If the governments of Costa Rica and El Salvador can resist the mining industry, maybe we all can, but not without a fight: Mining firms are suing governments for policies that impeded future profits.
.....global mining companies are trying to ensure that no government is allowed to say no.
One is the tiny nation of El Salvador, where the government stopped issuing gold mining permits half a decade ago. The Salvadoran government did so despite sky-high gold prices and the argument that exporting gold was one of the country's few chances to boost aggregate economic growth (in the short-term, at least).
They did so largely because the majority of Salvadorans get water from one large river system, and gold mining invariably pollutes nearby rivers and watersheds. ...El Salvador is not alone in its policies. The government of Costa Rica has said no to open-pit mining. (While open-pit mining is only one method of mining, it is among the most environmentally destructive.)
Costa Rica's Congress subsequently voted for a no-new-open-pit-mining law—unanimously. That no was upheld by Costa Rica's Supreme Court.
Governments can say no to a false notion of development that would do little besides line the pockets of elite corporate interests, while leaving devastated ecosystems in its wake. ....But global mining companies are trying to ensure that no government is allowed to say no.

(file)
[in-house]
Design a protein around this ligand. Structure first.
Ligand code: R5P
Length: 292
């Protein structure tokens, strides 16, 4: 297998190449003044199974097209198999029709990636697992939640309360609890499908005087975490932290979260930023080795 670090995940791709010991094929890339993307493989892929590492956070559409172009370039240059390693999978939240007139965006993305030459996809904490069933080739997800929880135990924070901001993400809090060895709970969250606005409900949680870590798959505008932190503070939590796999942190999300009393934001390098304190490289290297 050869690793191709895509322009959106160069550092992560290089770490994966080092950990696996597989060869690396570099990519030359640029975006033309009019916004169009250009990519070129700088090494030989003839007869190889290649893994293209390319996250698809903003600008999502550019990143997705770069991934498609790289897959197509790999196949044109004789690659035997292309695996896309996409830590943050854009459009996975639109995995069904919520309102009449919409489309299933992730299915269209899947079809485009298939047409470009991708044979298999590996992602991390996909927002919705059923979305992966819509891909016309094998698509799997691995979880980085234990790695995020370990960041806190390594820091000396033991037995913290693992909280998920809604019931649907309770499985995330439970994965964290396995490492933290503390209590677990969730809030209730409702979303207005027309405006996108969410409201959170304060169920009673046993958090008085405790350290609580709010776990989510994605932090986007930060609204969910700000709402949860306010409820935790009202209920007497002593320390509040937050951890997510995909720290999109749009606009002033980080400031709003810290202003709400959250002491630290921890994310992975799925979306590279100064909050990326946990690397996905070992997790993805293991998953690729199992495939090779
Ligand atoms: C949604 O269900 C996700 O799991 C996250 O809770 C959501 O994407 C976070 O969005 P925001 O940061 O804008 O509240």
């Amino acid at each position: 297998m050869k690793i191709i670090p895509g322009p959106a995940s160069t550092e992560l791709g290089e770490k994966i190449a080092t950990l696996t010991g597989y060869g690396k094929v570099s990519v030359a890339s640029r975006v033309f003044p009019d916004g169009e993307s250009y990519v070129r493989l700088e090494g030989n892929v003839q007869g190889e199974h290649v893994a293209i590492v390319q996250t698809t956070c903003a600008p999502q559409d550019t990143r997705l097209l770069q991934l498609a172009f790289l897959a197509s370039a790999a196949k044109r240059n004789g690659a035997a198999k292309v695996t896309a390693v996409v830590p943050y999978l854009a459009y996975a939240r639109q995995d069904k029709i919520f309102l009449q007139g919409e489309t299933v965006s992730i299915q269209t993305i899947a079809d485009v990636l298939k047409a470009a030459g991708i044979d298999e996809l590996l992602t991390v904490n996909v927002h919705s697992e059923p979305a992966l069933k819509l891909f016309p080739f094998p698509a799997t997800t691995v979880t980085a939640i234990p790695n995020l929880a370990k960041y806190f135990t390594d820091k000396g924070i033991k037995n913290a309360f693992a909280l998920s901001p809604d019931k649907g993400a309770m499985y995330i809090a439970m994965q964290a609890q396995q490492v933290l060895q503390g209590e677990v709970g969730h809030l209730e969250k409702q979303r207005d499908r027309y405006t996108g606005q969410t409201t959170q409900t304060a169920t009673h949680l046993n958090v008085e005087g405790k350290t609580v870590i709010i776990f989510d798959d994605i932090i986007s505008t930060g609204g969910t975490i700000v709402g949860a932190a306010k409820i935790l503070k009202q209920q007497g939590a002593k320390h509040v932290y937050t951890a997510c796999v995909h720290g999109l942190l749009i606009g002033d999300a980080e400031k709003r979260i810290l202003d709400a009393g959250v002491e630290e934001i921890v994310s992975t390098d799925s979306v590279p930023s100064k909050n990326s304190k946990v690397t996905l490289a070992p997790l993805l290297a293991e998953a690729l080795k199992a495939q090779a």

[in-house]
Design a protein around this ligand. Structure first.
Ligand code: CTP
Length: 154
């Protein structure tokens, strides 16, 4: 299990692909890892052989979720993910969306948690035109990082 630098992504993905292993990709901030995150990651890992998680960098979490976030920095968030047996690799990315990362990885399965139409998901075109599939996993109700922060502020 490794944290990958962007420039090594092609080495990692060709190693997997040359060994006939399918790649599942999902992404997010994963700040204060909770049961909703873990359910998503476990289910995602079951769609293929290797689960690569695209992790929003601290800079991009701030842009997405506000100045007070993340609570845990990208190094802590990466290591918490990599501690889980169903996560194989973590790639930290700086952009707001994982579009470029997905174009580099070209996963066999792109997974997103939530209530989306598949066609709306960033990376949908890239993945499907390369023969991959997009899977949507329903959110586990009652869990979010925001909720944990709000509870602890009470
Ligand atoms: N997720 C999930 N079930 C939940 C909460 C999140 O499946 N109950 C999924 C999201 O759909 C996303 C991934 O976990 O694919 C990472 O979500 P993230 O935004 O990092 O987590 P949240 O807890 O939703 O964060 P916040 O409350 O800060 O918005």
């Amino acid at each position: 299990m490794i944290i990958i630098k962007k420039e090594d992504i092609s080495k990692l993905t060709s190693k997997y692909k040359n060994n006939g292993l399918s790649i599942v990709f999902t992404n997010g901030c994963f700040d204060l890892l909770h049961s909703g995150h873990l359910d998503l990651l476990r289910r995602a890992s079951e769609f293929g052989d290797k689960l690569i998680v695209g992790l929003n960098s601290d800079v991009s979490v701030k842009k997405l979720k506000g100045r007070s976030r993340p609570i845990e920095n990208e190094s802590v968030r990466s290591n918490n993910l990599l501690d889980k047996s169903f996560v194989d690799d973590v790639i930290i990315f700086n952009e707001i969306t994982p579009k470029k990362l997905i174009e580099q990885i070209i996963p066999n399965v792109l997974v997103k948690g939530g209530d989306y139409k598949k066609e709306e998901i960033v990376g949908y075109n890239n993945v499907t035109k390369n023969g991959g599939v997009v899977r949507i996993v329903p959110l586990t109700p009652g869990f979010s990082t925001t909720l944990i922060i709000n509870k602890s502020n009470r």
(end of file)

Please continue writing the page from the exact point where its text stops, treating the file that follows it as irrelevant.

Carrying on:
These corporations are making their cases based on a controversial Central America "free trade" agreement with the United States, and on El Salvador's former investment law (written with the help of the World Bank), which opened the door for mining firms to sue governments for policies that impeded future profits.
In February 2014, Infinito announced that, rather than accept the Supreme Court rejection of its appeal, it was filing an investor-state case against the Costa Rican government at the World Bank's ICSID. Infinito is suing Costa Rica for the $94 million it claims to have invested so far.